Emigration and Colonization

[ Viking Expansion ]

Viking Expansion, Vis-ŕ-Vis Graphics,

There are many reasons why people gather their belongings, leave their homes, and set out for far-away areas, often in the knowledge that they will never return.

Eastern Europe and France

The emigration and colonization that took place in the Viking Age was not to be rivalled until the 16th century. For the East Norse (the Danes and Swedes) colonization was a natural sequel to trading voyages and the establishment of trading posts on foreign soil. In Eastern Europe the number of traders and settlers was small. After a couple of generations the Norse blended into the host population and had little impact on further development of the host country. In Normandy, France, the Danes and Norwegians were given land on condition they defend it and the French against other Viking attackers.

England, Isle of Man, Scotland, Hebrides, Orkneys, Shetland Islands, Ireland

The westward expansion was more extensive and had a greater impact on the host areas. There were two phases of colonization. The first one touched England and Scotland and, to some extent, Ireland. The Norse, mostly Danes and Norwegians became the dominating culture in a number of areas. The Danes controlled a large area of northern and eastern England which was known as the Danelaw, the Law of the Danes. In Scotland the Norse almost eradicated the cultures of the previous Picts, Britons, Angles, and Scots. They introduced Norse architecture, language, and customs and changed the genetic make-up of the people. By 840 the Norse had established permanent bases in Ireland from which they raided in all directions. One such base grew into the town of Dublin. They did not settle outside their bases, and as their influence declined over the tenth century, the Norse becoming increasingly assimilated into the Irish population.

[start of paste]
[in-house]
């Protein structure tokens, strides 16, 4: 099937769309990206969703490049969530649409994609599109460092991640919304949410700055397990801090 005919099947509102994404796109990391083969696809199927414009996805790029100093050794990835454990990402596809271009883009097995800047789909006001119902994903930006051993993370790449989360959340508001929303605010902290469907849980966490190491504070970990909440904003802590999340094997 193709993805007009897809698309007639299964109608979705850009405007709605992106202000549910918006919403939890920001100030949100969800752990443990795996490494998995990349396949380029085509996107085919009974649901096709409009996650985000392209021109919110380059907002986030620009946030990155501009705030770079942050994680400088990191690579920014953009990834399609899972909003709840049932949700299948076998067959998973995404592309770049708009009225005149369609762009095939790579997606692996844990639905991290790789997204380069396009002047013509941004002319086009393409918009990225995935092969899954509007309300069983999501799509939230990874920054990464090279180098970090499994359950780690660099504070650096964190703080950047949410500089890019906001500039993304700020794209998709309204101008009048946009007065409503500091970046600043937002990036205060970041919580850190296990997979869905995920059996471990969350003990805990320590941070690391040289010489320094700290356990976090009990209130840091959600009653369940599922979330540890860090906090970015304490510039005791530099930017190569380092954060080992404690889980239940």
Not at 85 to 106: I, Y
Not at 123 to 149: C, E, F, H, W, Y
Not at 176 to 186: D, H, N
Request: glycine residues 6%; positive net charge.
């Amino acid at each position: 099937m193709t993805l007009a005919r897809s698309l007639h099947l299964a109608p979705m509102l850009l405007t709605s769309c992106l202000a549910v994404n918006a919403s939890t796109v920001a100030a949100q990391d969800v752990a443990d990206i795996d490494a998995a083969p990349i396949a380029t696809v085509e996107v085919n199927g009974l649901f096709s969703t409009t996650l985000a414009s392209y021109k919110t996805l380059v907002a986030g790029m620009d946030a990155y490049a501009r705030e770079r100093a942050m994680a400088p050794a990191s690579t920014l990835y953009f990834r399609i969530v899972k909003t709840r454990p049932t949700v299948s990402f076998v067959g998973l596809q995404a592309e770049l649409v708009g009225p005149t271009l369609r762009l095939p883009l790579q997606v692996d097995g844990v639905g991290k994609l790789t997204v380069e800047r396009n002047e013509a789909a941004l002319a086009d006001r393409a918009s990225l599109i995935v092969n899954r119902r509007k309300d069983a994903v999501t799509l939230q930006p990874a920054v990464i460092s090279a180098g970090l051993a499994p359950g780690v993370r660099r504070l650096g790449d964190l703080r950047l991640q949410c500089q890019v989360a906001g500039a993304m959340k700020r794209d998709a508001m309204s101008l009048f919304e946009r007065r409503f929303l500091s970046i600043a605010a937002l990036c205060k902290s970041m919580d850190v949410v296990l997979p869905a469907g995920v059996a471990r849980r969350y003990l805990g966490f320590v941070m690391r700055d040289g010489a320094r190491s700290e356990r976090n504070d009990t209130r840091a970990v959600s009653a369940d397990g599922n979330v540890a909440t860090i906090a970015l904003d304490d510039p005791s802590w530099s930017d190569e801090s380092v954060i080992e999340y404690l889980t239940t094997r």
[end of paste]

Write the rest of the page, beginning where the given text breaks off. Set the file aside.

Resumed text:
The Faeroes Islands

Although the Faeroes and Iceland had been sighted by ship crews during the time of the Roman Empire, the Norse may not have been aware of their existence until they heard tales of these lands when they settled in the British Isles. No one, except a few Christian hermits, had actually lived there before. Around 825 the Norse in Scotland began moving to the Faeroes where their descendents still live. Some also came directly from Norway.


A Norwegian, Floki Vilgerdarson is said to have been the first to recognize the potential of Iceland as a place suitable for settlement. The first stream of settlers arrived shortly before 870, followed by several hundred people shortly thereafter. The new Icelanders recorded their land claims in a remarkable document called Landnámabók, Book of Settlement [literally Book of Land Taking]. The Book of Settlement enumerates 430 settlers and the places where they established their holdings. This does not mean that there were only 430 settlers. The number stands for the number of important men, the elite of the country. They were the heads of not just their own family but of small tenant and freehold farmers, as well as paid and enslaved workers. We probably need to multiply 430 by about 20 to get an idea of the size of the immigration. This means that the initial settlement would have comprised about 8000 people.